May 19, 2010
What quotations are most meaningful to you?
How many times have you read or heard a joke and in five minutes you couldn’t remember it if your life depended on it? I suspect that is also true for most of us when it comes to quotations like this one.
You’ve undoubtedly read a quotation that comes right before a chapter in a book. It is related to the topic. You find it inspiring and important it at the time. But later you aren’t likely to remember it.
That’s not a critical problem in the midst of all the many things we have to remember. We can all live without recalling quotations if we have absorbed the lessons they convey, though it would help if we remembered jokes a little more often.
However, I believe some quotations are worth considering for more than a few moments. As I said in a recent post, Can You Speak Only Love for 24 Hours?, where I said that, “There is no doubt that words have the power to draw us closer or tear us apart.” Some of those powerful words — the ones that draw us closer — can come from our own hearts. Others are spoken, or written, by other people who are able to use words that convey an idea that reaches into our soul and inspires us to lead a kinder, gentler, more peaceful life
It is these that I want to focus on today and in future posts from time to time. They are the quotations, affirmations, or scripture verses (from all religions) that express and encourage qualities of the human spirit.
I’ve long wanted to include a feature on the blog of just such quotations. Then yesterday I was visiting the website of Linda Graham, a marriage and family therapist I met at a conference in Washington a couple months ago. She was one of those I decided to e-mail rather than simply add her to my list of people I would e-mail in the future. (See When Perfectionists Need to Stop Making Lists.)
That was when I discovered a number of wonderful quotations on her site — written on what looks like torn pieces of paper, much like one would write a quotation you heard and didn’t want to forget. They seemed to clearly express who she is and her approach to change and transformation. And that’s when I decided to use the quotation from her site as a kick-off of a feature I am calling “Quotations Worth Considering.”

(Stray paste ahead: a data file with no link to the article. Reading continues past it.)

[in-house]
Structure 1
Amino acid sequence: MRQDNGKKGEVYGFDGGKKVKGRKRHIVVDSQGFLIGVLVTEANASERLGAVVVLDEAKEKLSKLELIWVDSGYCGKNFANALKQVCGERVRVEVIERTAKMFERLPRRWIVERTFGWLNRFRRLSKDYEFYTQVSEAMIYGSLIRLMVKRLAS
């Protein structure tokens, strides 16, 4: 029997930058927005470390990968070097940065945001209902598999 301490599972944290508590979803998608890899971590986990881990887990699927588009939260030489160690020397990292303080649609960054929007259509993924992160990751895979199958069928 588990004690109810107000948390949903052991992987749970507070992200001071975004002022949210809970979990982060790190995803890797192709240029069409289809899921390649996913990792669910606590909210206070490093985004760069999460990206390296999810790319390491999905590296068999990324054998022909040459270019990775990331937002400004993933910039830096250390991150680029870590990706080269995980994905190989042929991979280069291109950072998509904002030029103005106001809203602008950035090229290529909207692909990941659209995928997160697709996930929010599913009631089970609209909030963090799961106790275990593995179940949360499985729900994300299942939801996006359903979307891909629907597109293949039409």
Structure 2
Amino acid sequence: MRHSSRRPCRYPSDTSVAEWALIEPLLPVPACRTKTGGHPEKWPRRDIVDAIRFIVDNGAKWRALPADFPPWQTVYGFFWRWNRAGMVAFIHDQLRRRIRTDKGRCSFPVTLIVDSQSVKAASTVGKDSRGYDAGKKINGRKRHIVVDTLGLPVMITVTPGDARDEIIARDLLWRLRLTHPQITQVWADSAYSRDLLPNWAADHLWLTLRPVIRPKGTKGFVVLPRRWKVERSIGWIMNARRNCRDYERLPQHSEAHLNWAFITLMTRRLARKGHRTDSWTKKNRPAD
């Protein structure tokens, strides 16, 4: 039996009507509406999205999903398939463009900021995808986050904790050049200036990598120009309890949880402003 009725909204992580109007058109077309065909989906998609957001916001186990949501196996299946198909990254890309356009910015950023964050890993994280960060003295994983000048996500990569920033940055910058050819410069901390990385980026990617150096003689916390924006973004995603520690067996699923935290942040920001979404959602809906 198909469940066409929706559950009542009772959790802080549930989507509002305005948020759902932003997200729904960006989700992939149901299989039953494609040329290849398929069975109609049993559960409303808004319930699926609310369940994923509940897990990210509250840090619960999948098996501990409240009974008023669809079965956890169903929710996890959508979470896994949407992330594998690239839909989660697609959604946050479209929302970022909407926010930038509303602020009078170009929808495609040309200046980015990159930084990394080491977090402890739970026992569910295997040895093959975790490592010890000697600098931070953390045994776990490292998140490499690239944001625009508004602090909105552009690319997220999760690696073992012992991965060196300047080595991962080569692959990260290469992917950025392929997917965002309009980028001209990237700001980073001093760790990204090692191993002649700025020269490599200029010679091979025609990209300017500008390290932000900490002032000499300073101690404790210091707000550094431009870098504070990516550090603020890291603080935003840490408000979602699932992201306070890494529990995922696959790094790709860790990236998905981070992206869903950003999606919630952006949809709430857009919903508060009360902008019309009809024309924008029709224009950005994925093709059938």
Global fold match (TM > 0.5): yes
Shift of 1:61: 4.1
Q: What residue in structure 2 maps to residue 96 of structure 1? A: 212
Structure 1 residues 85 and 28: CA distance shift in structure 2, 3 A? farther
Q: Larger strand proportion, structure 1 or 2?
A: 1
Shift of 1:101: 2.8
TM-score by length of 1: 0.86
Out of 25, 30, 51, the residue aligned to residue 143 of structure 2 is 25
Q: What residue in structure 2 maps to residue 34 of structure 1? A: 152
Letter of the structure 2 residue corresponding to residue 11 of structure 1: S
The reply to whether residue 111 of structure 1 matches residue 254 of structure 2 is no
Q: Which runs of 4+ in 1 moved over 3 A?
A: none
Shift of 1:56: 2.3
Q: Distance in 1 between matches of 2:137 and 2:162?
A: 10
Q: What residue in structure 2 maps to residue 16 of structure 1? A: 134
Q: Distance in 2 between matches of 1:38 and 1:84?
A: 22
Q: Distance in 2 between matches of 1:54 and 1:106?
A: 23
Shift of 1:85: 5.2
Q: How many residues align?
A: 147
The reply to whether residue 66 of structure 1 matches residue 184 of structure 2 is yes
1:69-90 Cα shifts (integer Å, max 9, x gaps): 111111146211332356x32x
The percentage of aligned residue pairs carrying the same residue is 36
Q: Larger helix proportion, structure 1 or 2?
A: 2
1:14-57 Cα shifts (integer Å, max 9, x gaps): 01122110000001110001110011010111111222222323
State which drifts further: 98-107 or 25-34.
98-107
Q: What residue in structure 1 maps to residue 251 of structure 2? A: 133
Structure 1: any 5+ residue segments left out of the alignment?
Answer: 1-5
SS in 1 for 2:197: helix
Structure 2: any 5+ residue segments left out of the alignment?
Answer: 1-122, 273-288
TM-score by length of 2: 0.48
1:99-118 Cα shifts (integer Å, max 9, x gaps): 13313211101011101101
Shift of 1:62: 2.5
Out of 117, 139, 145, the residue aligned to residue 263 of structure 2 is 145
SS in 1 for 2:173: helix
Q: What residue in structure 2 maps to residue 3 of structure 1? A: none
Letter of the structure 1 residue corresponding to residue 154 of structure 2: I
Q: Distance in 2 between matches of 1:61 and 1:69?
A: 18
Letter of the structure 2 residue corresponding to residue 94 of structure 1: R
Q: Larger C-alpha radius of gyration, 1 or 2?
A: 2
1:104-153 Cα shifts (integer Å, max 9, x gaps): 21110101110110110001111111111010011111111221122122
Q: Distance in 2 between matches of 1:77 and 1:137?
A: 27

Rather than notice a quotation at the beginning of a post that you will read and then forget as you continue down the page, I suggest on posts of Quotations Worth Considering that you answer yourself these five questions:
1. Have I heard or read this quotation before?
2. Do I agree with the idea it expresses? Why?
3. Am I willing to remember it for the rest of the day?
4. How would the world be a better place if I told someone about it?
5. Am I willing to do that?
Good quotations are like good news that needs to be shared so others will benefit from the ideas they express. Imagine what might happen if everyone reading this blog consciously told others about the famous, and not so famous, quotations they find here, words that express qualities like love, compassion, generosity, peace, forgiveness, and serenity.
If you read a sentence or phrase that is worth considering in a book or magazine, or hear it on television, please send it to me. Let me know where you found it. I would love to pass it on, just as I hope you pass on this quotation by Ralph Waldo Emerson. Such words can make the world a better place.